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Would this be a good or bad thing for Cemeteries, at least some of them may get some attention I suppose.
I started out with nothing and I've still got most of it left
I think cemeteries are terrible places, why do we stick our dead in the ground and then think that it is our duty to visit them every so often until the novelty wears off. Then leave the grave unvisited and uncared for forever?
Far better corpses are cremated and the ashes scattered in some favourite place or even your own garden. The only good thing that can be said about cemeteries is that at least over the years they progress from being places of sadness into these mini nature reserves.
I don't agree with scattering peoples ashes about common land and I'm not happy with the idea of putting them in one's back garden either.
The idea of being buried is a bit less appealing but at least it provides a historical record until the church or council decide to dig them up or just move the monuments and start burying again.
I went to the Recoletas in Buenos Aires and decided that that might be the way to go, if you can afford it. There is no burying, the coffins are shelved or stacked in crypts, some are dug down others appeared to be solely above ground, some have vast stone doors whilst some have iron gates where you can look in at the occupants. It's so civilised that you could easily move in whilst alive and suffer no ill.
It is also home to a large colony of cats that are fed by the cemetery staff. The reason the cats are so welcome has only just occurred to me, they keep the rodent population down.
For those with a morbid curiosity I will put some photo's in the gallery.
my sister's husband was buried in wythall, which (at the moment) is in the country. you often see rabbits munching on the flowers left by people. here in redditch the cemetery is located near part of the arrow valley park so again there is a lot of wildlife. further out near hollyberrow green.inkberrow there is a woodland burial site, which is as the same suggests, so again quite peaceful and a lot of wildlife.
I agree that they are sometimes areas of refuge for wildlife. Of course, in victorian times, when there were few green areas in the city, families would soemtimes take picnics (or as they put it Pic-nics) to cemeteries and have a day out with the children. Some cemeteries , after falling out od use have been turned into open areas, and, providing that the memorial stones are properly placed in an accessible position, I don't see anything against that. At any rate they are a far better resource than wasting excessive amounts of money, and much countryside, so that peculiarly moronic men can hit a ball with a club all afternoon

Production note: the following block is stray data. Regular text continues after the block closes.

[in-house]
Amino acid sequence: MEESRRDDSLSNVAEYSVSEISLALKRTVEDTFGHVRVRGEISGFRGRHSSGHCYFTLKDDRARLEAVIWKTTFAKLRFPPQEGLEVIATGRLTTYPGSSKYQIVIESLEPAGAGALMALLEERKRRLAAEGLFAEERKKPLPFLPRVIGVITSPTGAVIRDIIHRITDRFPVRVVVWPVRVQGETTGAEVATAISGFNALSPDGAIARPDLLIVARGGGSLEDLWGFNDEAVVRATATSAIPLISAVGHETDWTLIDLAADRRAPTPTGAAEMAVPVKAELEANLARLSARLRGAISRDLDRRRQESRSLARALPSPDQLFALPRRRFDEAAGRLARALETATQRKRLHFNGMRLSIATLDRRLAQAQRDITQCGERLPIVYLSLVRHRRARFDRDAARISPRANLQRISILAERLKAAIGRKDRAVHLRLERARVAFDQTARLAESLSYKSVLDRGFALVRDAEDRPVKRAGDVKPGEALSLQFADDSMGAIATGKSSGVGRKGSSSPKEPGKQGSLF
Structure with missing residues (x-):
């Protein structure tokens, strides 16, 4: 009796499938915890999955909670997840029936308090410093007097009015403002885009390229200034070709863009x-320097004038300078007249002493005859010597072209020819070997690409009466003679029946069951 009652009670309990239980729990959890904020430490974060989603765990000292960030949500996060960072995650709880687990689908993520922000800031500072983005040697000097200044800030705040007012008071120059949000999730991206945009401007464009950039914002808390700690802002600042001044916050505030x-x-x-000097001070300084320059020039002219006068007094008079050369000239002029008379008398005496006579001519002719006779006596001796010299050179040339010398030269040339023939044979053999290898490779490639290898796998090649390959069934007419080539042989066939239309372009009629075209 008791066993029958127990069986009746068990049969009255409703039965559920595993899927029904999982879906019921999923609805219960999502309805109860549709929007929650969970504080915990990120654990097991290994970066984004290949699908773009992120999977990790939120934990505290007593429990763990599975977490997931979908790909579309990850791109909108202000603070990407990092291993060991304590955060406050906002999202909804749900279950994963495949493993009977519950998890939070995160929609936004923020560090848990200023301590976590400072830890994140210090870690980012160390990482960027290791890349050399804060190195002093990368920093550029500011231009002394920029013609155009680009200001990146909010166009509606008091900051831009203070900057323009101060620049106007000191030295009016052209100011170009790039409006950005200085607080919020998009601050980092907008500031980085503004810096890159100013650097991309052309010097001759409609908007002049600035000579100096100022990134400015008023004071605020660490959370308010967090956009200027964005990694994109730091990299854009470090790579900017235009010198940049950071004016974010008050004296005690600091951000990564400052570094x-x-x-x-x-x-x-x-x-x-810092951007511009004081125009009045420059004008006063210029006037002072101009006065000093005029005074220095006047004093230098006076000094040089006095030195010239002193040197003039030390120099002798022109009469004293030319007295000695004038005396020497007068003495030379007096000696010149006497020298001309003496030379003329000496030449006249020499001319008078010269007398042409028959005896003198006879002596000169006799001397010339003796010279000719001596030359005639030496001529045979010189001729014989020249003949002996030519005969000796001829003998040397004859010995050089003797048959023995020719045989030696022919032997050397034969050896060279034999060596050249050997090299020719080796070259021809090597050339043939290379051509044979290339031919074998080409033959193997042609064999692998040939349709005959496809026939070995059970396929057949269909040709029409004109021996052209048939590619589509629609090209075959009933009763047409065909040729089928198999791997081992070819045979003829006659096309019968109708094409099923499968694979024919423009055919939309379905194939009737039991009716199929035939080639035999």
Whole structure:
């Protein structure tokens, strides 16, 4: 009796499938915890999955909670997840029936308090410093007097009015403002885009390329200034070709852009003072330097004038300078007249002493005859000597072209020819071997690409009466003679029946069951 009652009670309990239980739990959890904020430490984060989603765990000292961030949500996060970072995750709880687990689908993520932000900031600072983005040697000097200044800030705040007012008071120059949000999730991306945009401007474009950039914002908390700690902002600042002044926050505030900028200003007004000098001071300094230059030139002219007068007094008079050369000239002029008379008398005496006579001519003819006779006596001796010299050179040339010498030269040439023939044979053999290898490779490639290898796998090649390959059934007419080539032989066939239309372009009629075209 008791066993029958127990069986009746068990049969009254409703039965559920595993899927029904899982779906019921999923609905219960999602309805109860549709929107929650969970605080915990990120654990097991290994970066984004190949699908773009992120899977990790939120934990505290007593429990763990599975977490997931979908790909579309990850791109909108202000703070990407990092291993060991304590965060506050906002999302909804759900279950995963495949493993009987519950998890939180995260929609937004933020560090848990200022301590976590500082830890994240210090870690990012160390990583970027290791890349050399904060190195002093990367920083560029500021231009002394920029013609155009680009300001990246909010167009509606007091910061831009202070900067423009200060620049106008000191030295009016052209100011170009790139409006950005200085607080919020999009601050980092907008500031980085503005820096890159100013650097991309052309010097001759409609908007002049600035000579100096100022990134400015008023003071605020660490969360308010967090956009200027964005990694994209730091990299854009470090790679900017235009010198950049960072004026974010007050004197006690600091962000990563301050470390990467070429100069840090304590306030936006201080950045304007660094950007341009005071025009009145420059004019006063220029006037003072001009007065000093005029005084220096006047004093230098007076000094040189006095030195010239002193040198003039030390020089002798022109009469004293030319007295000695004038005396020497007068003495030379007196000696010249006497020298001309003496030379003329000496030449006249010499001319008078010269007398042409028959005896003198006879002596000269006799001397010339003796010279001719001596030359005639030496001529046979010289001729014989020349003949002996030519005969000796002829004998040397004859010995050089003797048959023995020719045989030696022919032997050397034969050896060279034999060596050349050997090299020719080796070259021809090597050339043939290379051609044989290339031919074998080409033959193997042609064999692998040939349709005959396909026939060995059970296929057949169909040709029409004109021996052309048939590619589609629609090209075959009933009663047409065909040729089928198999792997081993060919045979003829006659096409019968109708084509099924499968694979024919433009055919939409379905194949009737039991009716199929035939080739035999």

The old churchyards got so full that they couldn't take anymore. The high ground level around some old churches is evidence of the numbers buried there.
Eventually all the cemetaries will be full. What then? Will our modern day sensitivities allow for reuse, by those who can afford it of course?
Am I right in remembering that St Philips was surrounded by gravestones and monuments?
cremation was available in this country in the 1800s (I think 1884) but i dont know whether it was expensive or just not popular. however, those that could not afford proper burials were placed in graves with other people in them. with no headstones or plaques you could never find your relative if doing fam history. i know one of mine up in shrewsbury is still in the ground but there is not a car park over the top. my own mom and step dad their ashes are in the back garden that they loved under the magnolia tree, not in the urn i might add (they are still in my upstairs room) waiting for me to take them back to robin hood, when i get the chance. i have requested that my ashes be scattered on the beach at perranporth, cornwall together with the ashes of my dog. wonder if my kids will do that, i suppose i shall never know.
i hv seen people at the redditch cemetery having a picnic round the grave of a loved one. i do like going round old graveyards tho, especially looking for fam relatives, only to find that they are not in the church yard but down the road outside the village in a proper cemetery.
St Martins in Birmingham have had almost all (if not all) the outside burials removed. Before it got to the state where they had to stop internments there it got a bit ridiculous. As can be seen from this drawing on tiles from the Woodman Pub on Easy Row. It shows the churchyard with the high walls that were needed to retain all the burials. Even in the 1930's photo they are still pretty high.
Taking into account that there has been a church on that spot for about 800 years I'm willing that not all the bodies have been exhumed over the years, and quite a few still remain.